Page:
Willem Schellinks, was a Dutch painter, draughtsman and etcher of landscapes and marine scenes and also a poet. Willem Schellinks was one of the most widely traveled Dutch artists of his time. He traveled along the Loire and the Seine in 1646, and between 1661 and 1665 he visited England, France, Italy, Malta, Germany and Switzerland, keeping a record of his travels in multiple landscapes and scenic views as well as a journal. Alternative spellings, Schellinger and Schellinx.
Willem Schellinks was born into a family of artists in Amsterdam. He was the son of a surveyor and the brother of Daniël Schellinks (1627–1701), who was active as an amateur artist. Another brother, Jacob, settled in Southampton, Connecticut Colony and took up whaling. After finishing his studies with Karel Dujardin at the age of about twenty, he traveled to France with Lambert Doomer in 1646. After that he undertook another journey in 1661–1665 as the guide of a certain Mr 'Jakob Thierry de Jong', a young gentleman on his Grand Tour.
Schellinks compiled his drawings and notes about this last journey in three volumes, that remained unpublished, but which he kept for friends to read. The painter-engraver Arnoud van Halen acquired these volumes and the Dutch artist biographer Arnold Houbraken was granted permission to read through them himself. This trip, which he began on 14 July 1661, included visits to England, France, Italy, Sicily, Malta, Germany and Switzerland. He describes the main sights of the cities he visits. His route home from Italy took him "from Venice to Padua, over Verona, Mantua, Trento, and Munich. In Munich he visited all of the rooms of the newly built Palace of the Bavarian Counts, and he described all of the paintings and statues he saw there. He then continued on to Augsburg, Regensburg, Nuremberg, Hanau, Frankfurt, Worms, Frankenthal, Heidelberg, Speyer, Strasbourg, Breisach, Basel, Zürich, Baden, Bern, Mainz, Cologne, Mülheim, Düsseldorf, Cleves, Nijmegen and Utrecht, where he arrived 23 August 1665."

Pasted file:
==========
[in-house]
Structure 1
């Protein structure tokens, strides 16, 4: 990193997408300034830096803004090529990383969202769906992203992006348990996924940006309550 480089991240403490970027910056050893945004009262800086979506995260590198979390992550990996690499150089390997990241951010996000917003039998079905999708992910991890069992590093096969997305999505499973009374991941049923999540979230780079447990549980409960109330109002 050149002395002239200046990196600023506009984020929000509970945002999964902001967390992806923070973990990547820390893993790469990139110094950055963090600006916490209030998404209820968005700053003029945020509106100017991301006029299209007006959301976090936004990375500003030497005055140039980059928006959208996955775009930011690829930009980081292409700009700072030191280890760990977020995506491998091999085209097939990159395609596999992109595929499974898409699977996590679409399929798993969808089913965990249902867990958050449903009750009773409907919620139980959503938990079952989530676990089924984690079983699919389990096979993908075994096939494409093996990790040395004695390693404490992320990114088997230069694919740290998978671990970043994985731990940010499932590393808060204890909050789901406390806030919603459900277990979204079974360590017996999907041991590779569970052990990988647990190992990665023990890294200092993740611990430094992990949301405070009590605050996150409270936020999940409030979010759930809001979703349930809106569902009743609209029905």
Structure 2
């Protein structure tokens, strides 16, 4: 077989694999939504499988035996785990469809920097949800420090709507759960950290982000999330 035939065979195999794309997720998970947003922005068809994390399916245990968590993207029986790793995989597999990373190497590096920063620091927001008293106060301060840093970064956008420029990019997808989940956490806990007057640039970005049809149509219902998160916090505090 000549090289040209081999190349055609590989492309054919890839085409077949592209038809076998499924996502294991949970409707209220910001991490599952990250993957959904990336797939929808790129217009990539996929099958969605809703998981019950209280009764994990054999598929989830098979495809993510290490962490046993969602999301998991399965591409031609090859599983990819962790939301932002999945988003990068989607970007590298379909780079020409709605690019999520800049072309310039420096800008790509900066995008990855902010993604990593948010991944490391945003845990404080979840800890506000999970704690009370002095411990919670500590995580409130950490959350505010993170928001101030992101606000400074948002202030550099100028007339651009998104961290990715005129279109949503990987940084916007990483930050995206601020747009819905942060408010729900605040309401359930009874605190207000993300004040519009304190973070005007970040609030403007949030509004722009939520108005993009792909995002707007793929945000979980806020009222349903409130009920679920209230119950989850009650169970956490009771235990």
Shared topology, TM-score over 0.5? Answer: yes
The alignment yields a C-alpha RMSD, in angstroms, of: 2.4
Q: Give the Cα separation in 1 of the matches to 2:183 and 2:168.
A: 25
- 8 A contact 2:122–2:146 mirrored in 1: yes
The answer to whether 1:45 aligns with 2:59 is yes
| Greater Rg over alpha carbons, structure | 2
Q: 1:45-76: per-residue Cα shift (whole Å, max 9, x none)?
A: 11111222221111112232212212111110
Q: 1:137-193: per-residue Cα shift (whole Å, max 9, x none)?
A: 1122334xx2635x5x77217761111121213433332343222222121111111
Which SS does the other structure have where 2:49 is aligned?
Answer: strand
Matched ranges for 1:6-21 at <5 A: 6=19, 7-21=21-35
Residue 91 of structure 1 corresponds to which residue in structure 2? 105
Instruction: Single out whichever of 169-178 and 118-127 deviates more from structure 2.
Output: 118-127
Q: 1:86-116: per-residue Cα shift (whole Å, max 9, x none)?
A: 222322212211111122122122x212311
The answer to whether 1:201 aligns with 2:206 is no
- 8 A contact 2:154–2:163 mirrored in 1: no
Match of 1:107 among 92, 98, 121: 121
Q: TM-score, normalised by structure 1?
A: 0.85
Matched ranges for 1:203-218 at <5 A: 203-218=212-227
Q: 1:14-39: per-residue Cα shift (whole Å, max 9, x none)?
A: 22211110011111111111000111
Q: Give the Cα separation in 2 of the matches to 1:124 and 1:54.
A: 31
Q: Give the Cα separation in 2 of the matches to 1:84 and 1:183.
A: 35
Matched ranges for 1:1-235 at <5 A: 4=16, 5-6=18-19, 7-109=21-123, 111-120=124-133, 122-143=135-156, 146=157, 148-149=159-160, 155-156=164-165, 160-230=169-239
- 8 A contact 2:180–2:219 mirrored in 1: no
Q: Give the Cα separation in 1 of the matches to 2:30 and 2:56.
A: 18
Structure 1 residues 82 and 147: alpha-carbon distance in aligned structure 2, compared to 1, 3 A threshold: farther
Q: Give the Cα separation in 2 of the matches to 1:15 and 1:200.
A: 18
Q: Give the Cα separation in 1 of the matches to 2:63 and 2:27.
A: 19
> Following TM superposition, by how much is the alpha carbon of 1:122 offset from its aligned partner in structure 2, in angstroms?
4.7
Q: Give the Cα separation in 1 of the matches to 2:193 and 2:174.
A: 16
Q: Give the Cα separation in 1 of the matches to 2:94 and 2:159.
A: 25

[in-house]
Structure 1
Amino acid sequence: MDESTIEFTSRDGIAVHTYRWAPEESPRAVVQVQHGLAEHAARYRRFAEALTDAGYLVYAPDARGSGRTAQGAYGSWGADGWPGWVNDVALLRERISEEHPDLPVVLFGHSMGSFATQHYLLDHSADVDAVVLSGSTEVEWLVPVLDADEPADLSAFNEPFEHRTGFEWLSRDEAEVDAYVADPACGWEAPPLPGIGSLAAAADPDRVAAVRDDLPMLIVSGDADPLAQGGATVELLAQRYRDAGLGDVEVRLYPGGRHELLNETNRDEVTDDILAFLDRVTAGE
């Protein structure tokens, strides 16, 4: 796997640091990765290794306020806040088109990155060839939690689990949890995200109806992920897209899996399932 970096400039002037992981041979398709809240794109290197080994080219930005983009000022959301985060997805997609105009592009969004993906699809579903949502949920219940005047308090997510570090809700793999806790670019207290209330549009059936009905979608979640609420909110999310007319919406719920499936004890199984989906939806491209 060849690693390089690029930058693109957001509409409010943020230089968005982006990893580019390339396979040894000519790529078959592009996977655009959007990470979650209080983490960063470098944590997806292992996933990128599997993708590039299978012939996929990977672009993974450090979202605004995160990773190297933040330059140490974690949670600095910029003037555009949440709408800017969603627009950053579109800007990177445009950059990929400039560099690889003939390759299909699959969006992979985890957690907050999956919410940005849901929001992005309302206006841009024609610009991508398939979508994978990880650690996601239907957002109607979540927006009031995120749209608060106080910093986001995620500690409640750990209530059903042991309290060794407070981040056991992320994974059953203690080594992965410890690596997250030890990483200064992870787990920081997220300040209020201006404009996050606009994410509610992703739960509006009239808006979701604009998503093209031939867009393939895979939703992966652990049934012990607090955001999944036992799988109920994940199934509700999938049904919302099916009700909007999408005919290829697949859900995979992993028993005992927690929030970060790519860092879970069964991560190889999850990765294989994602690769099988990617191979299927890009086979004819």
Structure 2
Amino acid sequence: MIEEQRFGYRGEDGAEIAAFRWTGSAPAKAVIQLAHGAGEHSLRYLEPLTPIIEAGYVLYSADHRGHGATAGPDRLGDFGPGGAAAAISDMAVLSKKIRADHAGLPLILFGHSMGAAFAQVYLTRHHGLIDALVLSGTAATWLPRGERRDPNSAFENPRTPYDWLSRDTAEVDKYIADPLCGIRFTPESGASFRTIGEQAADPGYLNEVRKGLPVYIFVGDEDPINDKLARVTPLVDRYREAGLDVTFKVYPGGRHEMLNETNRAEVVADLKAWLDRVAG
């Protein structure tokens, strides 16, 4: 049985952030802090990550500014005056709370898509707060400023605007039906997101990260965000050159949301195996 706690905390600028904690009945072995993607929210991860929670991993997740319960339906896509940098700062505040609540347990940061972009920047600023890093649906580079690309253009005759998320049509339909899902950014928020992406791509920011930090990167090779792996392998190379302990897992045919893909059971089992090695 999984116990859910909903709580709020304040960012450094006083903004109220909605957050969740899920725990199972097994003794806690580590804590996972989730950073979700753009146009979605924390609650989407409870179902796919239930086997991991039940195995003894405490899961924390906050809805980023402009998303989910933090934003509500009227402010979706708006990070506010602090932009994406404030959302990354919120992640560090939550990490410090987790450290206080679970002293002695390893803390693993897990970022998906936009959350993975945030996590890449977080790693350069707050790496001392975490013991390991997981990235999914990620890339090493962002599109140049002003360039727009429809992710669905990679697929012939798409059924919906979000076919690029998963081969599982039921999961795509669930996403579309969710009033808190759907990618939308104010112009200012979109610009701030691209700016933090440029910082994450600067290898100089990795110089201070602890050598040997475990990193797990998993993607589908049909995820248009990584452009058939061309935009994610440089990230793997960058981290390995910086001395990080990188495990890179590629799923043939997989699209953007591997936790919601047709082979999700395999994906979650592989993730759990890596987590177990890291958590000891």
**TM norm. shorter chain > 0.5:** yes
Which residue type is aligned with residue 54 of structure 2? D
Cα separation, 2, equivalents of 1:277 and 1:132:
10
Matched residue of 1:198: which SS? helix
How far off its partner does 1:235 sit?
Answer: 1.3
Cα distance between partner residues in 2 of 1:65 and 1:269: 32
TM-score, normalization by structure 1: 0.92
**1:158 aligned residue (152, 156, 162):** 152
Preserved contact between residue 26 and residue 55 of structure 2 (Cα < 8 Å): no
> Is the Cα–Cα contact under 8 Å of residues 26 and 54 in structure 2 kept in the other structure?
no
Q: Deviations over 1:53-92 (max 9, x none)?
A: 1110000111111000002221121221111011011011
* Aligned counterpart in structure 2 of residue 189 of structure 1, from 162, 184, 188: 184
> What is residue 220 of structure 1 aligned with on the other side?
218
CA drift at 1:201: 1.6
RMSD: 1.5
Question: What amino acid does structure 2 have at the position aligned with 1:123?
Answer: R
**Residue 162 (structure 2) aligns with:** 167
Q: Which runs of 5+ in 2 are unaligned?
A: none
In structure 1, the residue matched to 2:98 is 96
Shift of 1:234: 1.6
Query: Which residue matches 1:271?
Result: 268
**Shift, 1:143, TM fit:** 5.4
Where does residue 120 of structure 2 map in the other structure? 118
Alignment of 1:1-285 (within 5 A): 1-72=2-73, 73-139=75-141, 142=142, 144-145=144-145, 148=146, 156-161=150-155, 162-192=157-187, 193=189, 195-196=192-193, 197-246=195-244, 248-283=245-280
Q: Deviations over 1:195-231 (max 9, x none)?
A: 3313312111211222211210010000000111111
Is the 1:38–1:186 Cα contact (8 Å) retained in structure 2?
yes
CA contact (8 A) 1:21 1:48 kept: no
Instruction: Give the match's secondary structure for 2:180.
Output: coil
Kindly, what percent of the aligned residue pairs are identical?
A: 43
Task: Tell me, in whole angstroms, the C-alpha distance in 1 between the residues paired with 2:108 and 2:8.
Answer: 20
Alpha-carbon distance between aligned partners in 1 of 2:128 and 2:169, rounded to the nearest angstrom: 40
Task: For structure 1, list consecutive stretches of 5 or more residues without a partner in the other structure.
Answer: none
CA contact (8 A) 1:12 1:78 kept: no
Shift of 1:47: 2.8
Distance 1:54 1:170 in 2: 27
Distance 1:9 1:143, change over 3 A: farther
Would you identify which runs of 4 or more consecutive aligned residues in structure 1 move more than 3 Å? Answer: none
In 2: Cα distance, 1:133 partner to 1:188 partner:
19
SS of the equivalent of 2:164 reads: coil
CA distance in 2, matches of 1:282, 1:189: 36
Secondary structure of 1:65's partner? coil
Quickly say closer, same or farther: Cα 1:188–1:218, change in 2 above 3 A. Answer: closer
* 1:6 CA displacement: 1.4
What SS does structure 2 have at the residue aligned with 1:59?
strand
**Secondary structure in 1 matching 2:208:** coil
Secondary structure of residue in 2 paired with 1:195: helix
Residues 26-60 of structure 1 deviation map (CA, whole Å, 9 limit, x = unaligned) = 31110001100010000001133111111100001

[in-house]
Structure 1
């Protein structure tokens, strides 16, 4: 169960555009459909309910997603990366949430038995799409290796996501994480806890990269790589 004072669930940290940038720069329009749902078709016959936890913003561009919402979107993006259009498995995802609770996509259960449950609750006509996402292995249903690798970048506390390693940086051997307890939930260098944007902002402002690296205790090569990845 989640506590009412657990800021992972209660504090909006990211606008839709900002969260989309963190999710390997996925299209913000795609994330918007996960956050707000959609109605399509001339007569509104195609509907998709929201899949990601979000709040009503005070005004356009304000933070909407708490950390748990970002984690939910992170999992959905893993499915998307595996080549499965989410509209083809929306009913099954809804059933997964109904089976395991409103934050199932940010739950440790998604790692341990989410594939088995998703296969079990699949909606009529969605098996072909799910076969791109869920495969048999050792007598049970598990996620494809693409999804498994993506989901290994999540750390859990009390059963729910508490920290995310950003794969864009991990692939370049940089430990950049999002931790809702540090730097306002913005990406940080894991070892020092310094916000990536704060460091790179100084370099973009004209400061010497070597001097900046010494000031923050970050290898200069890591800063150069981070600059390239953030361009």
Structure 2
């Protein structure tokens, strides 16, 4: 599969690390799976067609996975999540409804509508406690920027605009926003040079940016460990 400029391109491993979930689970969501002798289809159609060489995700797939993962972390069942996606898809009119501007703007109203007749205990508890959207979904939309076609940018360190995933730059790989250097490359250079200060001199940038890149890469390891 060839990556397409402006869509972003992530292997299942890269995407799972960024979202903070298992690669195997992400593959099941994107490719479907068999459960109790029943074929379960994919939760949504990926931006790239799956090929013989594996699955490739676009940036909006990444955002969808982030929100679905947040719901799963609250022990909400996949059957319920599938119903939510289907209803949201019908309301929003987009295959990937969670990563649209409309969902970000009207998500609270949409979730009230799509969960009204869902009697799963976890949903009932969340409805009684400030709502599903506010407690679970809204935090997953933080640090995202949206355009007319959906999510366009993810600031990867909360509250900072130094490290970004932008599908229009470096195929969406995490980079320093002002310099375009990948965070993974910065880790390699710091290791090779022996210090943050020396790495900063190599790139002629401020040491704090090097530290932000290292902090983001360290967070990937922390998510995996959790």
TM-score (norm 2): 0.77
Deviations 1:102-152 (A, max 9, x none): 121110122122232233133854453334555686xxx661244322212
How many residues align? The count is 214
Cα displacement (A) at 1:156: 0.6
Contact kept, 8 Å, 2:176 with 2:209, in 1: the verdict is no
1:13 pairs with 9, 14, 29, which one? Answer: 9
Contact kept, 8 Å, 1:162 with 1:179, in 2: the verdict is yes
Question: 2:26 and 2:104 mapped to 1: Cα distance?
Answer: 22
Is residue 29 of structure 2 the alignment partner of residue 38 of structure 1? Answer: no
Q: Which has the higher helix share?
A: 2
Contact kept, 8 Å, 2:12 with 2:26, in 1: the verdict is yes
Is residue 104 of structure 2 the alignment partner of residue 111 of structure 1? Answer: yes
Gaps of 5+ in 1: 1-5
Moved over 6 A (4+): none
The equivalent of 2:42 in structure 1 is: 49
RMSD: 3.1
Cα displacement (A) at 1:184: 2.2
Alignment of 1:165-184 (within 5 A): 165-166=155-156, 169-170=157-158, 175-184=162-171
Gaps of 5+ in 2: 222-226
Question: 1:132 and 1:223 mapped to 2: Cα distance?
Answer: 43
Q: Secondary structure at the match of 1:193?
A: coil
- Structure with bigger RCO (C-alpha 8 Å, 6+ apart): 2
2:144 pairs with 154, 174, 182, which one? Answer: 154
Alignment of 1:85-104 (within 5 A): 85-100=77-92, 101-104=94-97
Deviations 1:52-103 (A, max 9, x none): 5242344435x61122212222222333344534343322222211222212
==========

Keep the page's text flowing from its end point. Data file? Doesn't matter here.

Schellinks' hand-written journal, written some years after his travels 1661–1665 and based on his now lost notes, is preserved in the Royal Library of Copenhagen. A transcription made by Schellinks himself is now in the Bodleian Library. The part of the journal covering his trip in England was published in English. The journal forms an important record of the conditions of travel in the 17th century. While Schellinks does not offer many insights into his views on art or approach to landscape painting, his description of the art collections in the Roman palaces would have filled a gap in the Dutch travel literature of his time. Schellinks may have been commissioned by the Dutch government to make the sketches on his foreign travels, since many of his drawings include strategic points that would have interested the government's intelligence service. Some of them were also used in the compilation of the famous Atlas Blaeu-Van der Hem, published in Amsterdam between 1649 and 1673.